Yes, I'm the whole stack. The server runs in my home. I bought the server, installed the OS, the management interface, and manage all the sites on it. I'm the admin and sole teacher on my Moodle site.
It was this command that I tried linking to in my last reply
/usr/bin/php /path/to/moodle/admin/cli/install.phpbut I missed the mark by a bit. You confirmed that was the next thing to do in your last message so now I just have to start doing it. I'm going to try it while leaving my current config.php in place to see if that makes it easier. I feel like there may be some other file that indicates the installer shouldn't run, but that may be a Nextcloud system memory I'm having.
I know just enough about Git to know it's amazing, but it's too early for me to need to know more about it than the clone and pull commands. I ran a gitlab site for a while just to see if I could but didn't really need it so I shut it down.
As I got to the database part of a reinstall in our thread here I started to realize that I might know the root cause of this whole mess.
When Ubuntu 18.04 came out with a stable release, I thought, sure, why not upgrade now before I'm into production mode. All my sites and databases were backed up. I used the normal console command and upgrade prompts at the server's terminal. Well, the pattern was very different than all the other Ubuntu server installs I did. At one point it asked about overwriting my Postfix eMail system settings, and the option was to accept, reject, or view the changes. I asked to view. That may have launched the "vi" editor (which I never used before) and I had no prompt for leaving the view so I tried Ctrl+"C". Well, it dropped to a shell prompt and the upgrade was ruined. I had a non-working server. The attempts at a clean install with 18.04 were failing, so I had to do the bare bones 16.04 install then upgrade to 18.04 before adding all the software I need for my various projects.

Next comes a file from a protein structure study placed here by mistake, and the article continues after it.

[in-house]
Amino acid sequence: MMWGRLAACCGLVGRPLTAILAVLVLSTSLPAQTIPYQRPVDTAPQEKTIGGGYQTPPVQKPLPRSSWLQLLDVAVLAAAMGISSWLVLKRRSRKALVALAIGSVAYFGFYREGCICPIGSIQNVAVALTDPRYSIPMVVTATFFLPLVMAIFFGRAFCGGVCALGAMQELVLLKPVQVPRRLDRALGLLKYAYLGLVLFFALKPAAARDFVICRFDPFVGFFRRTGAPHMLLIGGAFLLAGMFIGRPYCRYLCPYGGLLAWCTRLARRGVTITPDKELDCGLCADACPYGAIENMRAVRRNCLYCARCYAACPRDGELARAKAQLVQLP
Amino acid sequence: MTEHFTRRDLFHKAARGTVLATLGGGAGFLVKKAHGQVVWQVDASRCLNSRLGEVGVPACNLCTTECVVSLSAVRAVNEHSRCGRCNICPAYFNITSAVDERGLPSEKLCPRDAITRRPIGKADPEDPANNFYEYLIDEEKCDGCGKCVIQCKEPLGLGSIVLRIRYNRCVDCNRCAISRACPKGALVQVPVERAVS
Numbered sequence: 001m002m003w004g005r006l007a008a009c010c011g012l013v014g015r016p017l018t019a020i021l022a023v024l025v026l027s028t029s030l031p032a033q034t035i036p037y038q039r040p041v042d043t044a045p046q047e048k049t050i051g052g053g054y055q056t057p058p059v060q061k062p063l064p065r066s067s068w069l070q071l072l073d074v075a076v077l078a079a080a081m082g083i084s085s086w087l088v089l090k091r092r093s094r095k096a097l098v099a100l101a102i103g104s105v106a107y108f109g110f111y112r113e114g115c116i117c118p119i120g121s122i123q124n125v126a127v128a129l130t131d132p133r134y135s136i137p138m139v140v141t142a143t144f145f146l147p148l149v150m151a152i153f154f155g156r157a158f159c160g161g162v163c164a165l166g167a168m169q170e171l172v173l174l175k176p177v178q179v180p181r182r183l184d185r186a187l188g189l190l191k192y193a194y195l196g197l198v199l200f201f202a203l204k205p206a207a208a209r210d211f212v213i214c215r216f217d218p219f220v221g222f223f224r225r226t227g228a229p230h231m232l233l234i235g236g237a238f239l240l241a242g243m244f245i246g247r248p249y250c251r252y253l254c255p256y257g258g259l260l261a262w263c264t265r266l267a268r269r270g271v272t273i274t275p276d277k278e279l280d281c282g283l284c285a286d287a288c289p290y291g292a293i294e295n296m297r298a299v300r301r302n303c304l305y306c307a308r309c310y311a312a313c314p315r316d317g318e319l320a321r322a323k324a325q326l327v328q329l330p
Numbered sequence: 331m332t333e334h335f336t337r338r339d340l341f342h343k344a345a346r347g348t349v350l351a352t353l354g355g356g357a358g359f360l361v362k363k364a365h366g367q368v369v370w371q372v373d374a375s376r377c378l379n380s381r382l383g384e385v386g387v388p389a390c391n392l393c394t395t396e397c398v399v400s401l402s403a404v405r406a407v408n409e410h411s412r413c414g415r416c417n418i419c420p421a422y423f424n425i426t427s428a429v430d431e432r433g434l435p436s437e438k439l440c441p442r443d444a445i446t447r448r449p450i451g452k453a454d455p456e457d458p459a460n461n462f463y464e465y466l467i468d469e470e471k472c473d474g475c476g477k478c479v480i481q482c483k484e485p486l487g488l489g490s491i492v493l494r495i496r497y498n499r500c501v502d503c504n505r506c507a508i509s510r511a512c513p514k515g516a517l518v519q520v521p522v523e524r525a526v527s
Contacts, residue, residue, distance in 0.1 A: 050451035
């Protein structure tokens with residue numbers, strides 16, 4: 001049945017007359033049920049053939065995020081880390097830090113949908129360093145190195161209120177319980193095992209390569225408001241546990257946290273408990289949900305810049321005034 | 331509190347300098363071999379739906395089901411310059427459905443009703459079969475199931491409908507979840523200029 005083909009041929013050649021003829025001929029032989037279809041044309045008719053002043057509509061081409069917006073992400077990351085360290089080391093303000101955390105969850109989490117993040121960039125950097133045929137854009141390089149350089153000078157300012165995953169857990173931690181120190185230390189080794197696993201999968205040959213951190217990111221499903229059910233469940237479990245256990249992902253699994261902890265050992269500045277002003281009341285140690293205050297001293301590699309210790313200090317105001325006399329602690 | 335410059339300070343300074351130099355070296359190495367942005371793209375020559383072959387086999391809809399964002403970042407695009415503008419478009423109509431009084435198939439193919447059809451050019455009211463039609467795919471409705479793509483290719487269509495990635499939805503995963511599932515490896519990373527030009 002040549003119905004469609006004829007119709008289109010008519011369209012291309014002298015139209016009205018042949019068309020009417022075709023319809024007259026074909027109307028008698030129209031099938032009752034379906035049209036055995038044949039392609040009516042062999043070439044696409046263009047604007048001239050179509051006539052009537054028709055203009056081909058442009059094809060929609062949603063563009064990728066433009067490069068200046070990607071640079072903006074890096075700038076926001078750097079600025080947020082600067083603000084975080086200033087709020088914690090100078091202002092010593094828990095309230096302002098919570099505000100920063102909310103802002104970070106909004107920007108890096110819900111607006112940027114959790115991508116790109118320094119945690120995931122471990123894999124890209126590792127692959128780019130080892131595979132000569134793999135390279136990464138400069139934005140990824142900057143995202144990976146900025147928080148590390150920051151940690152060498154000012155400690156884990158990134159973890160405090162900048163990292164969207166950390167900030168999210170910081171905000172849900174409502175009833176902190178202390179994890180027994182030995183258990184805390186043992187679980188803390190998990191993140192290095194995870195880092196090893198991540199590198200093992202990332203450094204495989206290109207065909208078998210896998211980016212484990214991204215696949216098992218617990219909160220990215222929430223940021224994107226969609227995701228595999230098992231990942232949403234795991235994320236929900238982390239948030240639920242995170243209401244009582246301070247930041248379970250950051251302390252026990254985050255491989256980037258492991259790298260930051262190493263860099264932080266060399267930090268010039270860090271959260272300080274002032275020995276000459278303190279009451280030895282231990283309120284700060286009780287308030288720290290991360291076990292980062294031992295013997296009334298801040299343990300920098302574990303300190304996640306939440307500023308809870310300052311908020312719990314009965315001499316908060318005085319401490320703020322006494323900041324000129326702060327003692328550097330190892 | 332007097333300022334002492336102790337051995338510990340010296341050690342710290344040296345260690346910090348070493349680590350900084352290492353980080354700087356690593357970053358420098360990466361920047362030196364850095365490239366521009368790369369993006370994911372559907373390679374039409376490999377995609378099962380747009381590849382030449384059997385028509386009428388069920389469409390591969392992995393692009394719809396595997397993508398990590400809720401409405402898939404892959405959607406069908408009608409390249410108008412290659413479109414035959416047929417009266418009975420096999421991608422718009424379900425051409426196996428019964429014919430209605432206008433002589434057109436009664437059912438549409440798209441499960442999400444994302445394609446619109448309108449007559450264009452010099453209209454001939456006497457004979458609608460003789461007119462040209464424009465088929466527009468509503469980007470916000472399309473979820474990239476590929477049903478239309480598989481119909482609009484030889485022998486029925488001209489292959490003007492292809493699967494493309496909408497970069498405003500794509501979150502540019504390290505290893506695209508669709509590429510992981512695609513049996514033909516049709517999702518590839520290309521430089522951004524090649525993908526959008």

At that point I thought, it's a great time to switch from MySQL to MariaDB, since it's a plugin-replacement, right? Well, no it isn't. It turns out that if you first launched a site like Moodle onto a MySQL database, then try to import that database to MariaDB, you're in trouble.
At some recent point in the past, MySQL decided to make the primary key for a char column able to be the full 255 max char column/field limit. It's crazy to have a char field as a primary key, but it's useful at times. When the developer of something like Moodle makes a table and they need a char field for maybe a max of 50 char's, but they don't specify 50, the database assumes the max size and makes it a 255 wide field. If it's a primary or a unique indexed field, that key is also accommodating that sized hash or whatever it manages the uniqueness with; that unique thing in the background is way bigger than the char field size and its size depends on the specified number of characters. MariaDB didn't make that keyspace bigger as MySQL did so the import fails when migrating from one to the other.
As a workaround, I wrote a SED script that would alter the char field sizes in the backup database dump from 255 to 191 if they were also key fields. I'm pretty sure that alteration may have added just enough bug in my system that the upgrade failed.
So this will be the first time I build a new Moodle database into MariaDB. I think it should go fine, but if it doesn't I have a second server still running MySQL that I can delegate the data to.
When I started this help me thread, I hoped the answer would have been, try clearing browser cache, or rub a buddha belly and chant your mantra.